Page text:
Dr Jill Marshall was one of the panelists who spoke about possible new futures in legal working at the 'New Narratives in Law' event hosted by Legal Cheek on 5 December. The event was aptly held at the Google Campus, which provides workspace and support to start ups and other independent workers in Shoreditch's Tech City. The panel discussed the links between law, social media and start ups and innovative models for training contracts and barristers’ chambers (for example, Accutrainee and ArtesianLaw).
Dr Marshall is a Senior Lecturer at Queen Mary, University of London and she trained and worked as a litigation solicitor at Herbert Smith and Freshfields before studying for a PhD and becoming an academic lawyer. Dr Marshall recommended that students who want to stay in law after graduating should gain a professional qualification as well as some experience. This allows for future diversification into commentating, consulting and other freelance work - something that is difficult to do as a lawyer with no experience. Being an academic involves a mixture of teaching, coaching and paperwork, but the emphasis is on research for publication in legal journals and books. It is difficult, but not impossible, to combine this with practice work before becoming a professor.
Speaking afterwards to Lauren Stone, third year LLB student at Queen Mary and editor of student-run paper The Advocate, Dr Marshall said:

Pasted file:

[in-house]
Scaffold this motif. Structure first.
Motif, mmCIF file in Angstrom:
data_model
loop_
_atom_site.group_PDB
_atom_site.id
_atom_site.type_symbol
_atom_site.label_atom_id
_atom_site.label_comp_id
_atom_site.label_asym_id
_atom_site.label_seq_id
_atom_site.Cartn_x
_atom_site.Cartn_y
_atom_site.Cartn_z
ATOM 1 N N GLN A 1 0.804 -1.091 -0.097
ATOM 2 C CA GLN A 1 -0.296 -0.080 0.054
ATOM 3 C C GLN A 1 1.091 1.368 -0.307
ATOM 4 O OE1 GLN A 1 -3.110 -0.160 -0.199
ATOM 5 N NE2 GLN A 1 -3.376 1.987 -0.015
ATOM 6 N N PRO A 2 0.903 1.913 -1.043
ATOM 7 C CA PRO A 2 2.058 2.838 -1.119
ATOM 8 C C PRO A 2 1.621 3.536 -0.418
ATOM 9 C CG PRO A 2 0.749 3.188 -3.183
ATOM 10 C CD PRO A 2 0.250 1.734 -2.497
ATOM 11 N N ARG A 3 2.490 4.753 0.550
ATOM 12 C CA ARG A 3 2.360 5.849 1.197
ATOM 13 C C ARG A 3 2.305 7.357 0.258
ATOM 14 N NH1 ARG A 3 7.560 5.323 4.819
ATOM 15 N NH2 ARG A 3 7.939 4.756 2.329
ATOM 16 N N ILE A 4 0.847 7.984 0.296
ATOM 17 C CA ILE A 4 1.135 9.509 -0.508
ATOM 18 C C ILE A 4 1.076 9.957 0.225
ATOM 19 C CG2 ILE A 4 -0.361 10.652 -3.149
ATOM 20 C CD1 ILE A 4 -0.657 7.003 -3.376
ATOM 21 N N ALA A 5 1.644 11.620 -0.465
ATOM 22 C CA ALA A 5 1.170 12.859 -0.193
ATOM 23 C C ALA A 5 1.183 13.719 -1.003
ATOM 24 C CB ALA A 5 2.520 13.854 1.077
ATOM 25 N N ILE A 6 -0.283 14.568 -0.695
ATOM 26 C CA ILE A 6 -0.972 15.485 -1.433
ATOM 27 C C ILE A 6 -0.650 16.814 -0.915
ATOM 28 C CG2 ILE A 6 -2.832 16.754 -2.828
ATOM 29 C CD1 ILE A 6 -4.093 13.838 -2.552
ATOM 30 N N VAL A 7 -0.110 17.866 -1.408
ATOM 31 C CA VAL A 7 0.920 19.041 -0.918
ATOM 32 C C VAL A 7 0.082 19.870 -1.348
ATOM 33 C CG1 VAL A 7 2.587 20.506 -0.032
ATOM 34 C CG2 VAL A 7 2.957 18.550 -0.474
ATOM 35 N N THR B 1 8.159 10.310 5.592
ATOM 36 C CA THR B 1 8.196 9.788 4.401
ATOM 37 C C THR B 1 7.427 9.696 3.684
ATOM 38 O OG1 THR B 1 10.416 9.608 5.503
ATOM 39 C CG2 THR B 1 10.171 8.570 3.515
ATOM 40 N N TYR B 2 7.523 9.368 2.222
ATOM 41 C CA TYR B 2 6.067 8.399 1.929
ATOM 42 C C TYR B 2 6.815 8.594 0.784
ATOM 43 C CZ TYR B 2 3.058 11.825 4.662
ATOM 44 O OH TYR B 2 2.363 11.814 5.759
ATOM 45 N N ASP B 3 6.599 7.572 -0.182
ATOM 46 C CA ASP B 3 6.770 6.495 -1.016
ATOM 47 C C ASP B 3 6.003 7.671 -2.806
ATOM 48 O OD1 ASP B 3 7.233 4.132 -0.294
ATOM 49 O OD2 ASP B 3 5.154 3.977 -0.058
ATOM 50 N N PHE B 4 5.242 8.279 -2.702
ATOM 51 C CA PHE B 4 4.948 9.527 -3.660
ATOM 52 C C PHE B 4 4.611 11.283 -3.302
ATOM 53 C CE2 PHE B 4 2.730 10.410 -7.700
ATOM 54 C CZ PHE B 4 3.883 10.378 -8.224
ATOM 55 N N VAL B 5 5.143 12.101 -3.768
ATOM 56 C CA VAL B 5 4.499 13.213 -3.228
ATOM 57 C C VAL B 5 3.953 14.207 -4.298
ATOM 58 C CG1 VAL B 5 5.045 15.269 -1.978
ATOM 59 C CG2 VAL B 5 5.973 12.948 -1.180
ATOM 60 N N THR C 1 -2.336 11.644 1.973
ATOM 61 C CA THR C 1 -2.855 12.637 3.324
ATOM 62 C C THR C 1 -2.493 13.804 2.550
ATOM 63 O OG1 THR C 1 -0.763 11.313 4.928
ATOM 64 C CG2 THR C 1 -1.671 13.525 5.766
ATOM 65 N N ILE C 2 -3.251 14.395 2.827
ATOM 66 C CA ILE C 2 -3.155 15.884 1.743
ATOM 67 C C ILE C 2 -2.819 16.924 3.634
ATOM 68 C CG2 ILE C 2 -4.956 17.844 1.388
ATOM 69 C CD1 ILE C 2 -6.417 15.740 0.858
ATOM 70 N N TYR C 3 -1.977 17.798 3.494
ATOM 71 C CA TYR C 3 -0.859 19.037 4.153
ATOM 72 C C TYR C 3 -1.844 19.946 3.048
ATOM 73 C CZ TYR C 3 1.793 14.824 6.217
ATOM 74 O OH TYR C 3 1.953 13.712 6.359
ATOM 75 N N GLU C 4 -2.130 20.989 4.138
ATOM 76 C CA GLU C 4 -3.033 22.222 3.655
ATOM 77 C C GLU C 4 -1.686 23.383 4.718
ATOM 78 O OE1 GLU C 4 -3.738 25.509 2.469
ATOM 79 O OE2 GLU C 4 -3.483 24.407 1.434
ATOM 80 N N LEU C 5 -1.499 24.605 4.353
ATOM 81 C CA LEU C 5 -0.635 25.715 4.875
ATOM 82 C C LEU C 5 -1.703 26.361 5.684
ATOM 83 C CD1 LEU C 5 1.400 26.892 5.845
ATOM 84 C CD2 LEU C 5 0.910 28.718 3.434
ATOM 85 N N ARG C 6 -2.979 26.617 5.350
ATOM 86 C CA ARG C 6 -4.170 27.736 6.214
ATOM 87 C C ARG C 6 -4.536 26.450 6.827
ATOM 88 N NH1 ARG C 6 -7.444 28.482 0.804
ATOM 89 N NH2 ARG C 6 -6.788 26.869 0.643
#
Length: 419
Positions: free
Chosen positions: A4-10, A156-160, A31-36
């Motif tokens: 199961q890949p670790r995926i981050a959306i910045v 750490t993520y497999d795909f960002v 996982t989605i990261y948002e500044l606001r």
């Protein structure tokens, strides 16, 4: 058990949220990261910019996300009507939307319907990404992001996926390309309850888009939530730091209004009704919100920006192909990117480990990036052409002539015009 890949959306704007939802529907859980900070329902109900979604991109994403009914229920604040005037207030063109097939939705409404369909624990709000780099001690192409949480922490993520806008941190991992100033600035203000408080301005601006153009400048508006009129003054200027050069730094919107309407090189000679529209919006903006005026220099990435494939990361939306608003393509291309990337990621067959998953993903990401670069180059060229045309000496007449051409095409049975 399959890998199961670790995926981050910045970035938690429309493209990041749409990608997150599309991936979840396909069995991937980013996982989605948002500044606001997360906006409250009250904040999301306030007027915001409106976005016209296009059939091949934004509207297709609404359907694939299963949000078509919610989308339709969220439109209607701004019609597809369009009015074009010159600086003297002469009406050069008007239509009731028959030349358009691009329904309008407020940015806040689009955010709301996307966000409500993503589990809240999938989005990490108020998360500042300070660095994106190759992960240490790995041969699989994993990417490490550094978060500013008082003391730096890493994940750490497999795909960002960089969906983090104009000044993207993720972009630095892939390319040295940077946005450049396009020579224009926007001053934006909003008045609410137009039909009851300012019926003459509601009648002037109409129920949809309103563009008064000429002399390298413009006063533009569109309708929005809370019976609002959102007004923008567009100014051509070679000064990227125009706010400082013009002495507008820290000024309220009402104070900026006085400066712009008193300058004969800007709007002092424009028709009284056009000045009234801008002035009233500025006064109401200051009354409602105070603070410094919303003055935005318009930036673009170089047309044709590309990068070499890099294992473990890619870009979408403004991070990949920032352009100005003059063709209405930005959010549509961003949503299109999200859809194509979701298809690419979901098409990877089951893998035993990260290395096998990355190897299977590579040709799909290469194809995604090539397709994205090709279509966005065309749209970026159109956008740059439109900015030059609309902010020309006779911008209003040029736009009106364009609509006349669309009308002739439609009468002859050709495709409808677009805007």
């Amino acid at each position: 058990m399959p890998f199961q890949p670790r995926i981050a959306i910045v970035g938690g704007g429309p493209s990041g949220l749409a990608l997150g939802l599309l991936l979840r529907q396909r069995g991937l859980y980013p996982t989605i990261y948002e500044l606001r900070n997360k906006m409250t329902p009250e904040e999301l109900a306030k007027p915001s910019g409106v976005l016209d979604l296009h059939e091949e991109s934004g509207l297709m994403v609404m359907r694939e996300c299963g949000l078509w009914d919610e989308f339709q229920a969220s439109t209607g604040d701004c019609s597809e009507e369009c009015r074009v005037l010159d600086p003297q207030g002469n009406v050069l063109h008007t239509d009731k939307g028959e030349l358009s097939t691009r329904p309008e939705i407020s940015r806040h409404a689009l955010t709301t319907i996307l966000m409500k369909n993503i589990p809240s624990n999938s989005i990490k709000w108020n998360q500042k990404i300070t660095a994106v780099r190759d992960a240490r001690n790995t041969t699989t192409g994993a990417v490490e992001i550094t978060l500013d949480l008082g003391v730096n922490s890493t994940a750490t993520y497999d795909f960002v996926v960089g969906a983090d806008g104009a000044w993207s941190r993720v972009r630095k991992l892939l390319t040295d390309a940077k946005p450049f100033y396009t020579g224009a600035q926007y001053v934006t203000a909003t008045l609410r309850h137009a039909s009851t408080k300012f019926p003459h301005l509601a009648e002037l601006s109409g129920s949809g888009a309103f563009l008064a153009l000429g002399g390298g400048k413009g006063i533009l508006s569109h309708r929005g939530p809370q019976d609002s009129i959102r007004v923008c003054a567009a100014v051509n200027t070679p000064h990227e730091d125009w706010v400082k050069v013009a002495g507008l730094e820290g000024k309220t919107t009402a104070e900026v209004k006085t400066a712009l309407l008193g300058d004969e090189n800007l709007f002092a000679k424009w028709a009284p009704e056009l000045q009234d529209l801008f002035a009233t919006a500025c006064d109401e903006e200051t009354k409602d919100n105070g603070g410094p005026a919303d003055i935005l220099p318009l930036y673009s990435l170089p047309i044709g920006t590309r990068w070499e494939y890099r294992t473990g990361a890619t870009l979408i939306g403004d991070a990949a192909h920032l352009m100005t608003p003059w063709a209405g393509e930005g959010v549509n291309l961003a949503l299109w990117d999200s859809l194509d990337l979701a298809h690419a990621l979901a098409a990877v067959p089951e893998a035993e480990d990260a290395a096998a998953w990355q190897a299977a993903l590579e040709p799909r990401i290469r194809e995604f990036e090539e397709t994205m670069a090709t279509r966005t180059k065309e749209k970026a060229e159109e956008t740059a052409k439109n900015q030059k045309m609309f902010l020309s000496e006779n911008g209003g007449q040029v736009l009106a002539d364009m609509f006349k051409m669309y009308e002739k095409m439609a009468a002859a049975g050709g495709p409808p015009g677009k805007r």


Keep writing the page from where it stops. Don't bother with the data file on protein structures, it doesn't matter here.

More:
“For anyone wanting to go into academic law at a good university, you do not need a solicitor or barrister qualification, but you do need high academic qualifications, good references, and usually a PhD. I recommend finding some legal research work as academics are often looking for intelligent and hard working students to help them (and they should pay) and try to do some freelance part-time tutoring. That way, you will find out if you enjoy it. You should also like writing and a good way in to having work published is by reviewing books for good legal journals."
When thinking about future legal careers Dr Marshall suggested that students look at psychology books to investigate their values and goals in life. She added "There is no point going into something you don’t value, find meaningless and that doesn’t suit your personality. Despite the economic gloom, there are potentially exciting times ahead now for budding young lawyers who can think imaginatively about new ways of living and working.”
When the audience members asked her afterwards about the position of women in the legal profession, Dr Marshall was told that 'What is really needed is to weed out the archaic conceptions of gender roles in society to allow effective equality of opportunity for all those entering the legal profession.'
She said: "Whilst many firms proclaim a commitment to equality, these students consider the distinct lack of female faces in the upper echelons of the legal professions suggests otherwise. Students told me that the use of buzzwords like ‘flexicurity’ creates illusory promises of equality of opportunity, as women working part-time are often overlooked for promotion to partner level. Perhaps the innovative models of delivering legal services discussed at the event will ensure more women can progress in the legal profession by establishing their own practices."
The Legal Cheek event was widely discussed on Twitter, you can follow some of the panel participants: